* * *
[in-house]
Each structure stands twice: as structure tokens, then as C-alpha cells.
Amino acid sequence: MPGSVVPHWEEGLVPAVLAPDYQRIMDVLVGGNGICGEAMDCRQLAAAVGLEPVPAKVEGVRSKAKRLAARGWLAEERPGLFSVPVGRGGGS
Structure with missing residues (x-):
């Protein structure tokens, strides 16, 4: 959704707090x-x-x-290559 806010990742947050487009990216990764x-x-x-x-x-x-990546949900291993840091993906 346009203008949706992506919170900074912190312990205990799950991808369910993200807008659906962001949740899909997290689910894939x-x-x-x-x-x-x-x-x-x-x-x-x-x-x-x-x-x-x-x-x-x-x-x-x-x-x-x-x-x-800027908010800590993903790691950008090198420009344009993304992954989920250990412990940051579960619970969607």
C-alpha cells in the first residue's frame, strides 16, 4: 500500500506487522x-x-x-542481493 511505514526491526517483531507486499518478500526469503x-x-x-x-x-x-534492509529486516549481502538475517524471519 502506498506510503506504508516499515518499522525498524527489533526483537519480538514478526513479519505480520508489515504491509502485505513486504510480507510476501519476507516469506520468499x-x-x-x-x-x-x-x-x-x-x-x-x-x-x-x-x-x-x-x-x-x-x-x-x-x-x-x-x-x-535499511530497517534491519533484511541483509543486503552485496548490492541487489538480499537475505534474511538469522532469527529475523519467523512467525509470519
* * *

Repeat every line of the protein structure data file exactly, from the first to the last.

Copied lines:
[in-house]
Each structure stands twice: as structure tokens, then as C-alpha cells.
Amino acid sequence: MPGSVVPHWEEGLVPAVLAPDYQRIMDVLVGGNGICGEAMDCRQLAAAVGLEPVPAKVEGVRSKAKRLAARGWLAEERPGLFSVPVGRGGGS
Structure with missing residues (x-):
């Protein structure tokens, strides 16, 4: 959704707090x-x-x-290559 806010990742947050487009990216990764x-x-x-x-x-x-990546949900291993840091993906 346009203008949706992506919170900074912190312990205990799950991808369910993200807008659906962001949740899909997290689910894939x-x-x-x-x-x-x-x-x-x-x-x-x-x-x-x-x-x-x-x-x-x-x-x-x-x-x-x-x-x-800027908010800590993903790691950008090198420009344009993304992954989920250990412990940051579960619970969607």
C-alpha cells in the first residue's frame, strides 16, 4: 500500500506487522x-x-x-542481493 511505514526491526517483531507486499518478500526469503x-x-x-x-x-x-534492509529486516549481502538475517524471519 502506498506510503506504508516499515518499522525498524527489533526483537519480538514478526513479519505480520508489515504491509502485505513486504510480507510476501519476507516469506520468499x-x-x-x-x-x-x-x-x-x-x-x-x-x-x-x-x-x-x-x-x-x-x-x-x-x-x-x-x-x-535499511530497517534491519533484511541483509543486503552485496548490492541487489538480499537475505534474511538469522532469527529475523519467523512467525509470519